We went to San Juan del Sur to surf, a town that felt much like Granada but was more bearable because the ocean was there with its blue horizon and scouring salt water.  Late at night, when everyone else was either in bed or belly up in the Ballena Bar, we went down to the ocean.  The combers glowed as they came in. We slid into the water and  swarms of sparks shot out from our hands at each stoke and our legs flickered pale green as we treaded water.  A current had surged up from some dark depth of the ocean and brought to shore this bioluminescene, the light of millions of small creatures living and dying in the vast tide.


After going down the Nicaraguan and Costa Rican coast surfing, Jeff left for his friend's wedding and I continued to the famous cloud forest jungle of Monte Verde.  The bus roared and bounced along the dirt road that rose up above the coastal plain and passed through pastures of grass more than head high with satisfied looking cows swishing their tails and looking as if they were about to burst with milk.  Pungent mangoes carpet the ground below the trees and their branches hung to the ground.

We came down into the town at dusk and the minute my foot touched the pavement a woman thrust a flyer into my face. "Come to the Hostel Monteverde!" she almost shouted.  "Do you have a place to be tonight?"  I didn´t feel like answering her so I went around the corner until the busload of tourists and crowd of hawkers they attracted had dissipated. I took a walk around the town and was back to where I started in less than five minutes.  It was not designed for wanderers.  What´s more, I hadn´t seen so much as a slice of pizza for less than five dollars.

I looked in my guide book and found a hostel that offered camping.  The front desk man led me to an enclosed dirt lot behind the hostel, walled in by a bank on one side and a hotel on the other. "You can put your tent here." He pointed to a spot and a that same moment a nearby pipe sticking up from the ground vomited up brown water with a gurgling belch. "Oh, that happens sometimes.  Don´t worry.  It´s clean."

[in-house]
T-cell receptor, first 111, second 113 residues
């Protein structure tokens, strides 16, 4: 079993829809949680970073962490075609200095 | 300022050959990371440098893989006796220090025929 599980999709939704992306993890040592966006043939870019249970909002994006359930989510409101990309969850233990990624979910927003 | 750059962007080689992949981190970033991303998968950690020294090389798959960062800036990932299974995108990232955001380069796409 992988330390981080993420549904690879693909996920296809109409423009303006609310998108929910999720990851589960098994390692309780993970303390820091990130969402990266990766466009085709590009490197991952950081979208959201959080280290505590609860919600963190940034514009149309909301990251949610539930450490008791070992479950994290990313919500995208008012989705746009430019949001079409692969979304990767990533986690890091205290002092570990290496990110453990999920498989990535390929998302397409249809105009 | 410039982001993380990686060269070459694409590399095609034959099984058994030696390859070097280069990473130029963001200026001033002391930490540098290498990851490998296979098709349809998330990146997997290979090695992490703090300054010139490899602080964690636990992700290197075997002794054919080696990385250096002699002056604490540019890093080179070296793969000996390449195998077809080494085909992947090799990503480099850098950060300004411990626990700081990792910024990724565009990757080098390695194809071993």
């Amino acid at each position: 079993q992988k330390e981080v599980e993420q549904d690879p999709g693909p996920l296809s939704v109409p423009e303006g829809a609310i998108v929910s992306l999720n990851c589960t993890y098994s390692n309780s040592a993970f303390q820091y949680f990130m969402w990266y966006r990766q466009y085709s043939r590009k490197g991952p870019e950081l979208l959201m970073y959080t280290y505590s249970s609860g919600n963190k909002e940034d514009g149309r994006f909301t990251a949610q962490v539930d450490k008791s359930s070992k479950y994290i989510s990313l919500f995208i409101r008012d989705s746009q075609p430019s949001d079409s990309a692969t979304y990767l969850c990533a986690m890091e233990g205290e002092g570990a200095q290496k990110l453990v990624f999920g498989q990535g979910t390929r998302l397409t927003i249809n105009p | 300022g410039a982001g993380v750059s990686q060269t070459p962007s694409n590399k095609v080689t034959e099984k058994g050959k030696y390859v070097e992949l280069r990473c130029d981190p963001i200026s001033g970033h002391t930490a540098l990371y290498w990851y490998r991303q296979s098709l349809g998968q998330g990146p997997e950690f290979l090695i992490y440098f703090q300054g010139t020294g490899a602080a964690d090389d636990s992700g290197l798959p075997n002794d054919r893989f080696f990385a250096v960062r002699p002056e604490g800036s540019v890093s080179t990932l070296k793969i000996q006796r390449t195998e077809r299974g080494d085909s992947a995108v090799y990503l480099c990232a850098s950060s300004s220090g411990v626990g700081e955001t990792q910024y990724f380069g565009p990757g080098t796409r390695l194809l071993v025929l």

Every time someone flushed the toilet that night the putrid fountain that ensued started me awake from my nightmares of rats scurrying in labyrinths and a world in which instead of feet we had little wheels and that were fixed to tracks and we had to purchase rights to move on them before going anywhere.

Over my breakfast of plain pasta, the only thing I could afford, I met Eliza, a Swiss lady, and we decided to go explore the Monteverde Park together. We were about five minutes in when Eliza started.  "So, I mean, isn't this supposed to be a cloud forest?  I mean where are all the clouds?"  It had dawned a beautiful clear day.

"Well, I guess we got lucky."

"Yeah, but don't you think that this forest looks like all the other forests out there?  I mean it's just green with trees... kinda like in lots of other places."


"Maybe we'll see some animals later... ooh! We better see a sloth!"

Twenty minutes later we had seen nothing more than a small brown bird hopping from branch to branch and peeping angrily at us.  We broke out of the deep forest and onto the ridge, and looked down into the wild and wet valleys leading out toward the Carribean and along the mountains undulating into blue.  We were on the Continental Divide, one long ridge that reaches all the way to my state in Colorado where it holds cornices of snow hanging over blue tarns.  When they were young my mother and father walked along it for hundreds of miles.  Here I was on the very same ridge only surrounded by verdant jungles!  I walked to the extreme end of the trail to see if there was a way to continue along the Divide, into the great wilds. I came to a gate and sign:  ABSOLUTELY NO ENTRY PERMITTED.

"Let's get out of here. The bugs are killing me," said Eliza.

We got out of the park and I left Eliza in the hummingbird garden, watching in ecstasy as the hummingbirds zoomed up to plastic containers filled with sugar water.  "Why would I pay to enter that park when I could sit here for free!" she exclaimed.

I walked back into town and sat down to read among other tourists in the hostel.  I was sick of simulacrae.  I felt like we were all swimmers in a lap pool, back and forth, back and forth without ever daring to cross the lane lines, which for us were formed on one side by the advice of the all knowing Lonely Planet guide book, and on the other by the constant warnings of the "danger out there," the robbers, killers, scorpions, snakes. We were seeing the world as we were told it should be seen by tourist officials with dry coughs siting in drab offices.